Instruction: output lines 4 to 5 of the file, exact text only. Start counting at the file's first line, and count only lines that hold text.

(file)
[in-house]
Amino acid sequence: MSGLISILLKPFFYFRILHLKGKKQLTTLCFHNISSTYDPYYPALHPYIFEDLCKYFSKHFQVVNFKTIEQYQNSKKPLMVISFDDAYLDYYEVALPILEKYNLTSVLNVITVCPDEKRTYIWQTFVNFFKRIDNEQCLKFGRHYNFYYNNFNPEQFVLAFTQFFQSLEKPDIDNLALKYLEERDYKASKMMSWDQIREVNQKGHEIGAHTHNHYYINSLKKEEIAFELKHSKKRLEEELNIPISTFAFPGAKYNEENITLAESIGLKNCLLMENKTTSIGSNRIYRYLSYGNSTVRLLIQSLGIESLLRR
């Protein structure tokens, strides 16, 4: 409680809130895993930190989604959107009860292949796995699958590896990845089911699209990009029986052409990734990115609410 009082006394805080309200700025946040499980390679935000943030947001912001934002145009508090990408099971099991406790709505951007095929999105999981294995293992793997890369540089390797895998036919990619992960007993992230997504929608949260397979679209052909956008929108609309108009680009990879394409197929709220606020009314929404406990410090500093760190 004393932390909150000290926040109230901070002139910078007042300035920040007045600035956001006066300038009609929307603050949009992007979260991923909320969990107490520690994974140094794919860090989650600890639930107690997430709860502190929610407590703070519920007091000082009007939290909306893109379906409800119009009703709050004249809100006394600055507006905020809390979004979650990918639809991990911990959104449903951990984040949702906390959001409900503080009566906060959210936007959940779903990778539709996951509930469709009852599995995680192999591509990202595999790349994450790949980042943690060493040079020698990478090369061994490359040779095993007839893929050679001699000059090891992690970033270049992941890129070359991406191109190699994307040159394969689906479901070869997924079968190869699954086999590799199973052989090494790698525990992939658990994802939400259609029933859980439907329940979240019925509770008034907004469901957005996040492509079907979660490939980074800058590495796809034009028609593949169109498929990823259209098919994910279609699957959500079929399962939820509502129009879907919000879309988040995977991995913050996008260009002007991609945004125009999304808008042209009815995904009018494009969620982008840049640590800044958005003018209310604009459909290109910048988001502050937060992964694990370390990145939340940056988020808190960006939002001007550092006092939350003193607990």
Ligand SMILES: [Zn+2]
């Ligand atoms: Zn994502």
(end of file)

Ligand SMILES: [Zn+2]
């Ligand atoms: Zn994502």